One of the things I love most about being president of Fort Hays State University is that I get to hear stories from our alumni about the life-changing power of a college education and the caring, hard-working people of this amazing institution.

This week, I want to share almnus Michael Durall’s personal story of transformation. It is a story that begins in the 1960s with a “shy, uncertain young man” who credits the people of our university with encouraging him to persist and discover the person he was meant to be.

Fort Hays Kansas State College changed my life forever

By Michael Durall, B.A. ’70

I enrolled at Fort Hays Kansas State College in the fall of 1964. At that time, tuition was $125 per semester, and many students paid in cash. I remember standing in line at the Registrar’s Office in the Coliseum to pay. I could hear the basketball team practicing on the nearby court, where the Beach/Schmidt Performing Arts Center is today.

I worked various jobs that paid $1.25 per hour. At first, I lived at home to save money. When I eventually shared an apartment, the going rate was about $30 per guy, per month. We shared one landline phone and divvied up the cost.

I was a naïve, shy and uncertain young man. I hadn’t studied much in high school and shouldn’t have gone to college, but I just didn’t know what else to do. I flunked out my freshman year. I worked construction for about eighteen months, and when I returned most of my beer-drinking and poker-playing buddies had moved on.

I still didn’t know what I wanted to do. I changed majors a number of times, trying to find a path.

But by then, the Vietnam War was heating up, with body counts increasing daily. The civil rights and the women’s liberation movements were also gaining momentum. No one realized that the ’60s would be one of the most tumultuous eras in American history.

I remember a silent anti-war vigil on the corner of 12th and Main on a Saturday morning, led by a number of local clergy. They stood silently for an hour while police with sniper rifles were on the roof of the bank building across the street. Things like that weren’t supposed to happen in Hays, Kansas. A poll revealed that about 60 percent of Americans believed the National Guard did the right thing by killing four unarmed students at Kent State.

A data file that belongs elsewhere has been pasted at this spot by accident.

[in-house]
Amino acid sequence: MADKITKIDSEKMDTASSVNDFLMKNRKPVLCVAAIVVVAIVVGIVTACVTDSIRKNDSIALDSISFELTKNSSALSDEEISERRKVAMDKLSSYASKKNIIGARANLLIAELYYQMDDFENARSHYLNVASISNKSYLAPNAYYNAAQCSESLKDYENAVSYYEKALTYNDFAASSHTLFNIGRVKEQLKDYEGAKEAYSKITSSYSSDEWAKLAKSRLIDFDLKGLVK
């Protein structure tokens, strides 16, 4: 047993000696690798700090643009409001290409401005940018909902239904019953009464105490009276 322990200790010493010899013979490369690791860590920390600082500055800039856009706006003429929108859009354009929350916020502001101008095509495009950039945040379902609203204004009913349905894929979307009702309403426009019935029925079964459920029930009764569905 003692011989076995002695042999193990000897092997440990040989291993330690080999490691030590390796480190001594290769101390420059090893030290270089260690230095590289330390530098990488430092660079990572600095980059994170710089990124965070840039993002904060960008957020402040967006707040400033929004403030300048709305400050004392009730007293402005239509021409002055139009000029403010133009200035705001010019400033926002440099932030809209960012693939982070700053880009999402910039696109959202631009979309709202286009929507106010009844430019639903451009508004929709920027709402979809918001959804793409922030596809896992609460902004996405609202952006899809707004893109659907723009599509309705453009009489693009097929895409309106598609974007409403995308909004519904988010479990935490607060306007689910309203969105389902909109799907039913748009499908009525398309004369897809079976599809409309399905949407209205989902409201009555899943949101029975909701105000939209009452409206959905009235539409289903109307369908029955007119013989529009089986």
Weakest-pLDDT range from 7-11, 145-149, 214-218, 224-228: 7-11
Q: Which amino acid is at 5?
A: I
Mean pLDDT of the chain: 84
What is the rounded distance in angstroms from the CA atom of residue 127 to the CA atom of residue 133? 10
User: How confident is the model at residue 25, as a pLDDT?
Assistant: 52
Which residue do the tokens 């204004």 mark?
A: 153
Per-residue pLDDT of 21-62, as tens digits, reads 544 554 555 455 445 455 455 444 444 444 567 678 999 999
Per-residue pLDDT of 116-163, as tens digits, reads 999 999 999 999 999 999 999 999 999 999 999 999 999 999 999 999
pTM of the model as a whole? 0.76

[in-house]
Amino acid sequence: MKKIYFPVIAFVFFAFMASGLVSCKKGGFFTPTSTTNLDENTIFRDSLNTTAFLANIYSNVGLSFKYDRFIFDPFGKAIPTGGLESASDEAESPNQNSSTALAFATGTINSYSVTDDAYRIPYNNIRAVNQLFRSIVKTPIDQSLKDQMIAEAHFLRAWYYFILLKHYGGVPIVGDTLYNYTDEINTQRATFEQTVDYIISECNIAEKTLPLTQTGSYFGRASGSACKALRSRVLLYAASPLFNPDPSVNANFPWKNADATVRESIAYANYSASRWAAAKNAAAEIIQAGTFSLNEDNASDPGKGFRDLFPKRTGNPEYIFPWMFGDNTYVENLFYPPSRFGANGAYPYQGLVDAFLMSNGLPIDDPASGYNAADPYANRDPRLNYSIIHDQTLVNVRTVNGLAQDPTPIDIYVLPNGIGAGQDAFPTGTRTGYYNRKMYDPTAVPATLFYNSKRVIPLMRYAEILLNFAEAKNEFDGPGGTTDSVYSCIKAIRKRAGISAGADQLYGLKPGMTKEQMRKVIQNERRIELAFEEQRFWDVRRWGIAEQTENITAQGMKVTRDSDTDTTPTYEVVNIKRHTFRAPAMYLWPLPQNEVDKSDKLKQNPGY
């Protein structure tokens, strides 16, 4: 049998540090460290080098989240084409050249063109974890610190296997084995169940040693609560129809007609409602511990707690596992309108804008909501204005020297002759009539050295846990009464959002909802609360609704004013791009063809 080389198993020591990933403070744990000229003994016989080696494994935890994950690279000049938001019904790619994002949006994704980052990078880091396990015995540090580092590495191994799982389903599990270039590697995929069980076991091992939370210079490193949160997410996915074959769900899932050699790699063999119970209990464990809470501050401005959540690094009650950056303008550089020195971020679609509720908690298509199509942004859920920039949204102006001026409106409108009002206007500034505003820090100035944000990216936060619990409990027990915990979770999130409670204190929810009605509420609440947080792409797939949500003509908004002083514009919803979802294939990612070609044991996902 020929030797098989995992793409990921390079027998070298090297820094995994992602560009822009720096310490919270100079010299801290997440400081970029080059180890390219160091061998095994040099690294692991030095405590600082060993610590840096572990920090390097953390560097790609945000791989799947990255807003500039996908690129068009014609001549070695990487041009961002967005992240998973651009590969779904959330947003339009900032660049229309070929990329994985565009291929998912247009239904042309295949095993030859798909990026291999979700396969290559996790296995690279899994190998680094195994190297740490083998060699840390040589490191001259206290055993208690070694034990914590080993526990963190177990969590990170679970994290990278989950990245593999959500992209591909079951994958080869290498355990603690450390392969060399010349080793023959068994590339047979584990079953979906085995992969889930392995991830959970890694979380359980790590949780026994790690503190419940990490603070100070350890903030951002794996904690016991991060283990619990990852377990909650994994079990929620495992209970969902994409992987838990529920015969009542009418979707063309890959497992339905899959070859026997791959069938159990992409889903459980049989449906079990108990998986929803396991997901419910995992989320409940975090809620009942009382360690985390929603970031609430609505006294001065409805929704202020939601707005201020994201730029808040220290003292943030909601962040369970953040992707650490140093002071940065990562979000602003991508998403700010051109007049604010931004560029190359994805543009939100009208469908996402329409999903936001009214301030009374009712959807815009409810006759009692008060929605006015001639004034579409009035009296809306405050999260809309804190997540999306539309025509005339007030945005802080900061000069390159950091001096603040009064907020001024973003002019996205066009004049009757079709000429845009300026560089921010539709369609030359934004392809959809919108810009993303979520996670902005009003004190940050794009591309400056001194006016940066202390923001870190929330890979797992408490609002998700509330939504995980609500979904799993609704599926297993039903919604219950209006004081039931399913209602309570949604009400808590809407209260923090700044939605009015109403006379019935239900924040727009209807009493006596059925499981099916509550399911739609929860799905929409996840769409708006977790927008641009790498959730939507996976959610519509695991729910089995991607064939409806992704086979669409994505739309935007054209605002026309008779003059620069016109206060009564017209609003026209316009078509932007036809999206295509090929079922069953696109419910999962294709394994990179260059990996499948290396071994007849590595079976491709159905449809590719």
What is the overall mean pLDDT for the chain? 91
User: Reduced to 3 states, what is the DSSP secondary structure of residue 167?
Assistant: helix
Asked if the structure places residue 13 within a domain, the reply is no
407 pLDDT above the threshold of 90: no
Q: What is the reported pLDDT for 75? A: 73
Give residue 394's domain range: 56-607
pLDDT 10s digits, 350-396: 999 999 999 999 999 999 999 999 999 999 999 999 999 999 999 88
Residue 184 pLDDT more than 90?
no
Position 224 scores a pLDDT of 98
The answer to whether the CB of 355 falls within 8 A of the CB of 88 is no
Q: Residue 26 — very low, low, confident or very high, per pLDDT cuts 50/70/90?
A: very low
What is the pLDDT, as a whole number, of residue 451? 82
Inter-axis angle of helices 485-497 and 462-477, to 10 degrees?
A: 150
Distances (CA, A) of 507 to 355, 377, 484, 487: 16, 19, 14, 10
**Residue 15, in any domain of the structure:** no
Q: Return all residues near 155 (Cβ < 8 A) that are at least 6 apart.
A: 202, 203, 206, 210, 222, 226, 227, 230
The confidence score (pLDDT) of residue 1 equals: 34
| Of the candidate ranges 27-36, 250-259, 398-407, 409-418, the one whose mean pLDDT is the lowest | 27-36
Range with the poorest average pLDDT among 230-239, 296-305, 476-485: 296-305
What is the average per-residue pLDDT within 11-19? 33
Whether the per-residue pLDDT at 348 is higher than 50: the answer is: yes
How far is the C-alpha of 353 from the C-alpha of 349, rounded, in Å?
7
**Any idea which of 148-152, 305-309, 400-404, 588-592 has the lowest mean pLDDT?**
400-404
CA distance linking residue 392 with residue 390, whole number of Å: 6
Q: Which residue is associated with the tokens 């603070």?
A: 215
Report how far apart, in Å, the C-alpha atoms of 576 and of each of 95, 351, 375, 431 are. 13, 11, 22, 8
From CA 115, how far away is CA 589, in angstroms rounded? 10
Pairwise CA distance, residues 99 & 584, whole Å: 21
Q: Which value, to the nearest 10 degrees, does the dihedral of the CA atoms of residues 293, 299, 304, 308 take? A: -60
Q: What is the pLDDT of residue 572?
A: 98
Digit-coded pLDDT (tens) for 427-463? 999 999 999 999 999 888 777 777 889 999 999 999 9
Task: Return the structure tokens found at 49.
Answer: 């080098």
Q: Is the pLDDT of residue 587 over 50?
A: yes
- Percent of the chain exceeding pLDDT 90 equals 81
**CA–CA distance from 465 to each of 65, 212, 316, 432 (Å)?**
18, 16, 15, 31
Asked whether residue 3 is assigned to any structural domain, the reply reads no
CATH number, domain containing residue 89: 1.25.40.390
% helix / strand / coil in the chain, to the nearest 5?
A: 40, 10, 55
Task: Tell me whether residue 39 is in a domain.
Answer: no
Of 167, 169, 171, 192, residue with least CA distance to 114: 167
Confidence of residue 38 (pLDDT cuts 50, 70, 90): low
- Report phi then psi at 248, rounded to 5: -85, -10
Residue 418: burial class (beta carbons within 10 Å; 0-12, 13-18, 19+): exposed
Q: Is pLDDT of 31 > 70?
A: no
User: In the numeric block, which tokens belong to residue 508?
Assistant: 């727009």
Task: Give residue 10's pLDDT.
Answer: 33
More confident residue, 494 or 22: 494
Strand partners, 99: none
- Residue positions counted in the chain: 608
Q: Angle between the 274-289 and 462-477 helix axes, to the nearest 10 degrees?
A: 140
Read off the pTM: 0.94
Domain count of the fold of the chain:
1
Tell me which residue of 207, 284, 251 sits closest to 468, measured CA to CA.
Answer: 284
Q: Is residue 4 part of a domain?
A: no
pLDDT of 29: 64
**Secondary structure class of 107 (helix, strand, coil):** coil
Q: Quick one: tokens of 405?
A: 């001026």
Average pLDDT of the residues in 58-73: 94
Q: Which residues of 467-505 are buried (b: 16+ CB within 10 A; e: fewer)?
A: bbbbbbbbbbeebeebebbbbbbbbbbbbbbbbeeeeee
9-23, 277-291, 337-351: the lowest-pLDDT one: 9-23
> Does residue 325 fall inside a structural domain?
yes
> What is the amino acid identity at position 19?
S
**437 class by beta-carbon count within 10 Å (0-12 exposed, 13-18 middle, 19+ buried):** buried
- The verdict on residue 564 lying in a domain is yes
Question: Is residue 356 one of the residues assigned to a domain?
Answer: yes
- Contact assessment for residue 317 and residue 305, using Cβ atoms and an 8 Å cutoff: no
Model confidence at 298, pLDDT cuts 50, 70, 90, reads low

The once peaceful world I knew evaporated forever, lost in an alarming, unpredictable, and surrealistic turn of events.

Amidst this turbulence, one seemingly innocuous event at Fort Hays State remains etched in my memory. It falls into the category of late-night conversations that many college students remember as life altering, more than anything they learned academically.

I was a student in the late Bob Lowen’s journalism class. I was seated next to a married female student who was a few years older than I. By any imaginable calculation, she was out of my league. She told me she had gotten straight A’s, then added, “It’s not so much my grades that are important. Rather, I’m becoming a person who is increasingly interested in the world and the people who inhabit it.”

I felt like I had been struck by lightning. This was the person I wanted to be. I began to take my education more seriously. I looked at my professors in a new light, and realized how much time, effort and skill was required to teach effectively at the college level. Being an English major, I was exposed to the world’s great literature. In art history classes, the late John Thorns opened a visual world of art and sculpture that I hadn’t known even existed.

I also realized that if I wanted to become more knowledgeable about the world and its people, there were certain requirements. These included not making snap judgments about people based on their appearance; being a reliable friend; becoming strong enough to stand against prejudice when I encountered it; and being slow to criticize and quick to forgive.

Fortunately, in the years since I was a student, I’ve been able to travel. In gratefulness, I funded a travel fellowship at Fort Hays for about five years that allowed students from small Kansas towns to travel anywhere in the world. Since I had been given much, I felt an obligation to give in return.

Looking back to the days I was a student, I don’t even remember my classmate’s name. But I am eternally grateful for Fort Hays Kansas State College giving me the opportunity to be in that particular place and time. Becoming curious about the world and the people in it helped me become who I am today.

Tisa Mason is president of Fort Hays State University.